3 June 2016
Dear President-elect Rodrigo Duterte,
That was quite a mouthful you unleashed on media Thursday night. We do appreciate your reminder that, yes, we journalists are not a uniformly lily-white breed, in fact none of us are, although we would not go so far as to consider ourselves in the same line of work as publicists, for theirs is a totally different field as you yourself pointed out.
It is true that what you describe as the “vultures” among us are, indeed, a major dilemma for our profession, and it is something that we have always acknowledged, even if there are those who conveniently overlook this. And yes, hard as it is for many people to believe, we – as an organization – do take efforts to convince colleagues, whether our members or not, that the side of right is, well, always right. Sadly, too, we cannot claim to have been totally successful in this score although this has not stopped us from always trying.
We also agree, as we have pointed out time and again, that corruption could be the reason why some journalists are murdered just as you also correctly pointed out that even the “righteous” get bumped off anyway for doing their jobs right, the acknowledgment of which we truly appreciate.
And yes, we wholeheartedly agree that even doing this job properly does not make us exempt from those who would seek to silence the truth.
Having cleared the air about that, we would like to say this:
We do and will always take exception to your sweeping generalization that “karamihan” of the fallen were done in because they were corrupt, for the simple reason that this is just not so. But even if it were, we maintain that nothing, not corruption, and certainly not truth-telling, can ever justify murder.
That is why we have laws and a government to ensure these laws are obeyed and, most importantly, to ensure the protection of each and every citizen. We are sure you agree that journalists, both the good and the bad, are citizens entitled to equal protection of the law.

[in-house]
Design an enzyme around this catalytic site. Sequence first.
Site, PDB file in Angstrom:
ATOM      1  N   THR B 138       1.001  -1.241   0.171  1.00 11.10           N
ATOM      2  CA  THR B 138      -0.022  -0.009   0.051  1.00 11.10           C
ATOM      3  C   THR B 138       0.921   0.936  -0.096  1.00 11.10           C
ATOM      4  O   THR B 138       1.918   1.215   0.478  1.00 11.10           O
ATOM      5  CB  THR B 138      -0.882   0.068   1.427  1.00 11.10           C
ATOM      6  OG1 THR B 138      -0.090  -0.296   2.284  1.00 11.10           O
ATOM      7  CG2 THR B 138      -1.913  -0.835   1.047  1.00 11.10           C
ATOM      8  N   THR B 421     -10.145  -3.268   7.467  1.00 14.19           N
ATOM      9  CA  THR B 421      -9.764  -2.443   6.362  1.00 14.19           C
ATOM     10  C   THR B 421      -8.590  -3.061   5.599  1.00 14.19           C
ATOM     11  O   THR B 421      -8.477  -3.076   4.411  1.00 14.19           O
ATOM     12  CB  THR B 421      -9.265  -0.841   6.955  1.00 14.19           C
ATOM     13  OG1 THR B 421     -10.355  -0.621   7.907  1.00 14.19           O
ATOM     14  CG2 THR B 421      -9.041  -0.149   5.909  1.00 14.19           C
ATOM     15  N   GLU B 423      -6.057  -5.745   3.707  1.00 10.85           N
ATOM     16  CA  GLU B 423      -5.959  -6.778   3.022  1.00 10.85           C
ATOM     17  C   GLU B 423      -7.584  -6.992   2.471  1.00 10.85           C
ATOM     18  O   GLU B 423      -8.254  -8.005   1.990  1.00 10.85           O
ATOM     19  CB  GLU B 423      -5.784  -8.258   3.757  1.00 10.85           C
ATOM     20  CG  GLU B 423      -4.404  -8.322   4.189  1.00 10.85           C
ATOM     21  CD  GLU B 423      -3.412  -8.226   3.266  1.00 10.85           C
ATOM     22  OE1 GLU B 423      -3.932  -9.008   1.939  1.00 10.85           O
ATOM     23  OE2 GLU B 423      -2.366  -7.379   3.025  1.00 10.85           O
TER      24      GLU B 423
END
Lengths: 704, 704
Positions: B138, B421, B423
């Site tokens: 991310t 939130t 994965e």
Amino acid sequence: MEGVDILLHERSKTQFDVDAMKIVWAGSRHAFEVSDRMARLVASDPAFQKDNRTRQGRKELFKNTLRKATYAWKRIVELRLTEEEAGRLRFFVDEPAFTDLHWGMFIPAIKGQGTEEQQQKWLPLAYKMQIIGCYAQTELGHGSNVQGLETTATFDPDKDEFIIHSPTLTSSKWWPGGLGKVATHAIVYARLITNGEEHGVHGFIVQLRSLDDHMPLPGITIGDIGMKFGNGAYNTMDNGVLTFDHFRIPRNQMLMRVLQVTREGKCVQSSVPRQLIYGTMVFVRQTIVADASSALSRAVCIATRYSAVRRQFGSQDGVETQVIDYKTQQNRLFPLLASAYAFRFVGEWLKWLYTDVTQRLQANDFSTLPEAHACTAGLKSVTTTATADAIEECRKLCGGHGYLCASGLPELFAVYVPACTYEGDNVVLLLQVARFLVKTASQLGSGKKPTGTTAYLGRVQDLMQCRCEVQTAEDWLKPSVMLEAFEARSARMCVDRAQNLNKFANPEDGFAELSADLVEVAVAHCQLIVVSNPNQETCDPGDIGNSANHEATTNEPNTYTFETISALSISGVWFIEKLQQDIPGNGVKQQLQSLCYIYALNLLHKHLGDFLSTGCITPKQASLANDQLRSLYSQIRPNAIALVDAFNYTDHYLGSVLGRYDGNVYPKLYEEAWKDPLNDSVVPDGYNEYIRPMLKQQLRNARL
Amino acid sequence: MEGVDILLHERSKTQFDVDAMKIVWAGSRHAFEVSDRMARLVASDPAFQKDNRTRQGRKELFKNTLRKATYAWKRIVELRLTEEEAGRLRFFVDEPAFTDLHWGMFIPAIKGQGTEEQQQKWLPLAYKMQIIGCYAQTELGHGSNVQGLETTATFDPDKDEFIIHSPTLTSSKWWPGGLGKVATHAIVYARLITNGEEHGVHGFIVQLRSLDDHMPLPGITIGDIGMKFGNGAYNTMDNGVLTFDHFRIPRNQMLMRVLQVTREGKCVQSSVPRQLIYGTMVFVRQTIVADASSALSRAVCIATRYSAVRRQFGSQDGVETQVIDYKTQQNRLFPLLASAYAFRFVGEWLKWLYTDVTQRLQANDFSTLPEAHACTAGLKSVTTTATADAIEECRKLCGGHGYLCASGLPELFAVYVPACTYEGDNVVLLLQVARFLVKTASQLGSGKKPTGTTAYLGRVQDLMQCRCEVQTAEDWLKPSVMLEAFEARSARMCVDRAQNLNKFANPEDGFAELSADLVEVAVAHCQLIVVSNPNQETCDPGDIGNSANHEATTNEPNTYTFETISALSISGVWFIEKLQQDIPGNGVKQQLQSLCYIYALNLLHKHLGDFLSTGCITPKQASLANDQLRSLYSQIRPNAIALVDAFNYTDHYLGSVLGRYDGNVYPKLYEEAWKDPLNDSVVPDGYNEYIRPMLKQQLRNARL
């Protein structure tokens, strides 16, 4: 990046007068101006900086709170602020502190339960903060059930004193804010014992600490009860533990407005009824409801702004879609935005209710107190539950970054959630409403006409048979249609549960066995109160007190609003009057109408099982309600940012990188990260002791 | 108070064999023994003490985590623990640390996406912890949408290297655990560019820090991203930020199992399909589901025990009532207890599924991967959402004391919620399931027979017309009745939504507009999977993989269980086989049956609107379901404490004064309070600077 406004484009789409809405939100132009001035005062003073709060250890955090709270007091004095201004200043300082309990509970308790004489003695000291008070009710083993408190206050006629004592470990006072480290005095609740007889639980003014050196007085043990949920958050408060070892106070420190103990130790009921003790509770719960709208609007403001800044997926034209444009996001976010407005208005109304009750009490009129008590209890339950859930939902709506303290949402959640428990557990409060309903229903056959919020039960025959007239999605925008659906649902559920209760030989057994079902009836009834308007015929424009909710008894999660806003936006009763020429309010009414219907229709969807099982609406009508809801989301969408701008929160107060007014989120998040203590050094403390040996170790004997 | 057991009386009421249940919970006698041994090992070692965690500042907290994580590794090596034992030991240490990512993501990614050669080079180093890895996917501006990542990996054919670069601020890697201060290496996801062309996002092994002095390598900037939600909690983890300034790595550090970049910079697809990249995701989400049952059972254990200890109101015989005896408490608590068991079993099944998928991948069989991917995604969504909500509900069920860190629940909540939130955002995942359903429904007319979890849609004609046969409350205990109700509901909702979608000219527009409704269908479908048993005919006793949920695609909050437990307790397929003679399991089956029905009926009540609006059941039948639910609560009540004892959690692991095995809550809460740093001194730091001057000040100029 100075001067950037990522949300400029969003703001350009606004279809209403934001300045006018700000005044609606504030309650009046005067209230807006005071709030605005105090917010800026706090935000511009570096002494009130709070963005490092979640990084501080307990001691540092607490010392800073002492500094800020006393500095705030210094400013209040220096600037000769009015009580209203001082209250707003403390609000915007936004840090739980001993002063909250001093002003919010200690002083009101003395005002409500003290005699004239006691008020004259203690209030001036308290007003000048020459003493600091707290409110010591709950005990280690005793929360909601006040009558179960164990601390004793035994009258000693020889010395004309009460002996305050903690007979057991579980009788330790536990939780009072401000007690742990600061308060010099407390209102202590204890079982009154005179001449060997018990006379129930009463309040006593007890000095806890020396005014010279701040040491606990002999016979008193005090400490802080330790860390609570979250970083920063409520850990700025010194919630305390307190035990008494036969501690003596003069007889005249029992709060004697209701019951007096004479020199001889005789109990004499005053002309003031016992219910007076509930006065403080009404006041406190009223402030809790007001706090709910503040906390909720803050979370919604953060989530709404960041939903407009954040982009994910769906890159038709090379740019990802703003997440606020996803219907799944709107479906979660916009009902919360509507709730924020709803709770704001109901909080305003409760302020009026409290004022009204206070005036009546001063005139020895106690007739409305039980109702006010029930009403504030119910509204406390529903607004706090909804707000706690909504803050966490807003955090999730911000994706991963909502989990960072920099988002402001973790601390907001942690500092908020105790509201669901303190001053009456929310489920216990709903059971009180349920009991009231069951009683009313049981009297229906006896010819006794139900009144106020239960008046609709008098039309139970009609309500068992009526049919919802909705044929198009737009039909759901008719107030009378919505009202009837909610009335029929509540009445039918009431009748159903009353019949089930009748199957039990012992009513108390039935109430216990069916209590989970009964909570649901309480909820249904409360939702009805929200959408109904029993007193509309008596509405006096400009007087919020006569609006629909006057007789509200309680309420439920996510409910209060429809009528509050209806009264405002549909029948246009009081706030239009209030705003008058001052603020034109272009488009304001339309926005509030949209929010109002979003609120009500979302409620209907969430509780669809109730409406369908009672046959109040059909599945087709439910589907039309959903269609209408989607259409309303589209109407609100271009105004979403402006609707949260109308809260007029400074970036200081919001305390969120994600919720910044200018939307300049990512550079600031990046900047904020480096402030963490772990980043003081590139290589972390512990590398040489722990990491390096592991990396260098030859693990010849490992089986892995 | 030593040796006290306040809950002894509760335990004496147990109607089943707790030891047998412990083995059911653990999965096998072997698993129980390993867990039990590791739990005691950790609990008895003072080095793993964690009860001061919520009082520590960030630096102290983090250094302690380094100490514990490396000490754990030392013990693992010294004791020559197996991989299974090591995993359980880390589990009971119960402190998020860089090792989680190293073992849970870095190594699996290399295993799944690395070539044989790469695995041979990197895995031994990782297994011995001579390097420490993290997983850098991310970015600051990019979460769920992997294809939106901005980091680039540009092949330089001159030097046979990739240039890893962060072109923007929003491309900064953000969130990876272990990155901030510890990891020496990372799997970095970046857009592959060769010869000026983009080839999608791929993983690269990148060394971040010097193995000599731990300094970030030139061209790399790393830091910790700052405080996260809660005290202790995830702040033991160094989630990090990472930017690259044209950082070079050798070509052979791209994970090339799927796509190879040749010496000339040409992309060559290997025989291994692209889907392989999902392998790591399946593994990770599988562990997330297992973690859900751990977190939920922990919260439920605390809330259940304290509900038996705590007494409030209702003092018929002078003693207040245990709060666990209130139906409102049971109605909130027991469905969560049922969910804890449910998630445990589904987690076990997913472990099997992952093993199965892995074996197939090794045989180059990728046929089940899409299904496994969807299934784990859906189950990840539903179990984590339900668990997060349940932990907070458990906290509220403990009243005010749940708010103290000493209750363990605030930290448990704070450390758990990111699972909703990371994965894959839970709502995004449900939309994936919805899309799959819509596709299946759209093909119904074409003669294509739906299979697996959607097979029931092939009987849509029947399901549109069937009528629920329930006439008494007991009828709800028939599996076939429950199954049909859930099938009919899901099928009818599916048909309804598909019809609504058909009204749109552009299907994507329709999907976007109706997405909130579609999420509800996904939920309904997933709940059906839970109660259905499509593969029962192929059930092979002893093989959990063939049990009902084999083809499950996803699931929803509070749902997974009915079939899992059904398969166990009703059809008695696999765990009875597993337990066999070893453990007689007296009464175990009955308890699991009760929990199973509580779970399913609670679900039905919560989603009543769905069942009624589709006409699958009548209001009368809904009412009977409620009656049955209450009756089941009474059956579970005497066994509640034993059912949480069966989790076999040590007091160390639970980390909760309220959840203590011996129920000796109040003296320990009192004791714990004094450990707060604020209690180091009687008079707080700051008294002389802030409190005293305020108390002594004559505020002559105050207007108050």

This, Sir, is why we raise such a ruckus whenever a journalist is murdered. Because, again, we stress, nothing can ever justify murder.
We agree that it is not within your powers to provide each and every one of us security, nor did it ever occur to us to ask you to. But what we do expect, and what each and every Filipino deserves, is that government care enough to build a social atmosphere that ensures that murder is not resorted to as a means to redress grievance. And if, unfortunately, it does happen, this should not go unpunished. While you do not have control over the courts, it is perfectly within your powers to spruce up the agencies doing investigative and prosecutorial roles which are key in the search for justice.
Yes, Sir, we do and will demand this of you as well, in the name of all 174 of our colleagues who have been murdered since 1986 for it is part of your duty to ensure justice for them, as well as for the legions whose murders remain unaddressed, thus perpetuating the impunity with which those who do not value life continue to snatch it at whim.
This was something past administrations failed or simply did not care to do and we took them to task for it. We sincerely hope you will break this chain of apathy that continues to strengthen the culture of impunity in the country, so that our fallen colleagues and all other victims of crimes will finally begin to get justice. It is with this hope that we will ask you again and again over the next six years about murdered journalists, regardless of what they were and why they were killed.
Having said that, we do hope you will be willing to help us and other media organizations address the often onerous working conditions faced by so many of our colleagues in the frontlines, the long hours for meager pay and, at times, deliberate orders to violate ethics at the risk of losing their jobs, that can push the desperate and the weak towards becoming, as you say, “vultures.” And yes, lest we forget, also make good on your pledge to end contractualization, which victimizes so many of our colleagues in major outfits, both in the national capital and the provinces. In this way, we hope we can, together, help improve conditions for those among us whose realities make them most prone to corruption.
As for your dare to boycott you, we are very sorry but we will not, cannot, indulge you.
That is like telling the doctor not to take care of the sick. Besides, it was not a call made by the Philippine media, for while we may have our differences, as we have had with past presidents, it has never occurred to us to abdicate our duty, which is to keep watch on government and help ensure it does right by the governed and to scrutinize and ask the hard questions.
For serving the people is as much the mandate of each and every independent Filipino journalist as it is yours.
The Members of the National Directorate
National Union of Journalists of the Philippines (NUJP)